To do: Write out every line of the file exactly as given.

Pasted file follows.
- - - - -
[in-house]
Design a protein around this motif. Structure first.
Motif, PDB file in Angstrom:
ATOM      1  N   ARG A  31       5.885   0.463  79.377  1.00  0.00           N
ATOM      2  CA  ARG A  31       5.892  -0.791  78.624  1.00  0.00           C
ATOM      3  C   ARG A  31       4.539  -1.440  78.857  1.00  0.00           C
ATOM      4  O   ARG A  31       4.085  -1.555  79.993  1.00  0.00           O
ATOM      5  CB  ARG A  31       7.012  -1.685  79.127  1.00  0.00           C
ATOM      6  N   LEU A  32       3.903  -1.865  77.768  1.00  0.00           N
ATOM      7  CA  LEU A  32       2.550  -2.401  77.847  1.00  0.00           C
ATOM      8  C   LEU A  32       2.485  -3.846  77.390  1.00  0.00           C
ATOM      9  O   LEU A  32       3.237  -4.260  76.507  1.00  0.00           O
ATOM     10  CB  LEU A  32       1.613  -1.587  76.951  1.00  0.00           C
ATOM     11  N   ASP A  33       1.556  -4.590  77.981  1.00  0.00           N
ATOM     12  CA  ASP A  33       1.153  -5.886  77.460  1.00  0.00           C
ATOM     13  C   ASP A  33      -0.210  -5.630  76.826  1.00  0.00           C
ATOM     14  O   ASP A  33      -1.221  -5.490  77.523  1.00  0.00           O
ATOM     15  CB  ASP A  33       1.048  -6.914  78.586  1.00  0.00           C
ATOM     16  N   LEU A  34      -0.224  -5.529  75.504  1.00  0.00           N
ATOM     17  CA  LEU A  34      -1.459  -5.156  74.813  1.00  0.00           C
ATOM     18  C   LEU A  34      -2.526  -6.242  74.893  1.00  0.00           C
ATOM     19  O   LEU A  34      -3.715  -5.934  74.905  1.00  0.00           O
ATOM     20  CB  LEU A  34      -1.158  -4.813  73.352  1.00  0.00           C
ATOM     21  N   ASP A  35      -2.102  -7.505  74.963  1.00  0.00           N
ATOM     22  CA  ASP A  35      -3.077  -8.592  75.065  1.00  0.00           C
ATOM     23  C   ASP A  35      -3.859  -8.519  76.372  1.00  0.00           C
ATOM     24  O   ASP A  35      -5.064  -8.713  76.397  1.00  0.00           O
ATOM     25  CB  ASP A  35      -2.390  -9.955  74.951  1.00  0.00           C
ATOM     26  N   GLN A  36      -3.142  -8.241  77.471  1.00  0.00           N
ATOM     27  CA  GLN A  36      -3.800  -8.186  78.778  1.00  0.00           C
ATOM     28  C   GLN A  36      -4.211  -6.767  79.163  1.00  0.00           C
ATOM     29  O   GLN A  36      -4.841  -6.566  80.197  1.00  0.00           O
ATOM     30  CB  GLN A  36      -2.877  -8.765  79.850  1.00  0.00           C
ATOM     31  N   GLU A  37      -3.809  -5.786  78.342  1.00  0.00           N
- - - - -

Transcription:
[in-house]
Design a protein around this motif. Structure first.
Motif, PDB file in Angstrom:
ATOM      1  N   ARG A  31       5.885   0.463  79.377  1.00  0.00           N
ATOM      2  CA  ARG A  31       5.892  -0.791  78.624  1.00  0.00           C
ATOM      3  C   ARG A  31       4.539  -1.440  78.857  1.00  0.00           C
ATOM      4  O   ARG A  31       4.085  -1.555  79.993  1.00  0.00           O
ATOM      5  CB  ARG A  31       7.012  -1.685  79.127  1.00  0.00           C
ATOM      6  N   LEU A  32       3.903  -1.865  77.768  1.00  0.00           N
ATOM      7  CA  LEU A  32       2.550  -2.401  77.847  1.00  0.00           C
ATOM      8  C   LEU A  32       2.485  -3.846  77.390  1.00  0.00           C
ATOM      9  O   LEU A  32       3.237  -4.260  76.507  1.00  0.00           O
ATOM     10  CB  LEU A  32       1.613  -1.587  76.951  1.00  0.00           C
ATOM     11  N   ASP A  33       1.556  -4.590  77.981  1.00  0.00           N
ATOM     12  CA  ASP A  33       1.153  -5.886  77.460  1.00  0.00           C
ATOM     13  C   ASP A  33      -0.210  -5.630  76.826  1.00  0.00           C
ATOM     14  O   ASP A  33      -1.221  -5.490  77.523  1.00  0.00           O
ATOM     15  CB  ASP A  33       1.048  -6.914  78.586  1.00  0.00           C
ATOM     16  N   LEU A  34      -0.224  -5.529  75.504  1.00  0.00           N
ATOM     17  CA  LEU A  34      -1.459  -5.156  74.813  1.00  0.00           C
ATOM     18  C   LEU A  34      -2.526  -6.242  74.893  1.00  0.00           C
ATOM     19  O   LEU A  34      -3.715  -5.934  74.905  1.00  0.00           O
ATOM     20  CB  LEU A  34      -1.158  -4.813  73.352  1.00  0.00           C
ATOM     21  N   ASP A  35      -2.102  -7.505  74.963  1.00  0.00           N
ATOM     22  CA  ASP A  35      -3.077  -8.592  75.065  1.00  0.00           C
ATOM     23  C   ASP A  35      -3.859  -8.519  76.372  1.00  0.00           C
ATOM     24  O   ASP A  35      -5.064  -8.713  76.397  1.00  0.00           O
ATOM     25  CB  ASP A  35      -2.390  -9.955  74.951  1.00  0.00           C
ATOM     26  N   GLN A  36      -3.142  -8.241  77.471  1.00  0.00           N
ATOM     27  CA  GLN A  36      -3.800  -8.186  78.778  1.00  0.00           C
ATOM     28  C   GLN A  36      -4.211  -6.767  79.163  1.00  0.00           C
ATOM     29  O   GLN A  36      -4.841  -6.566  80.197  1.00  0.00           O
ATOM     30  CB  GLN A  36      -2.877  -8.765  79.850  1.00  0.00           C
ATOM     31  N   GLU A  37      -3.809  -5.786  78.342  1.00  0.00           N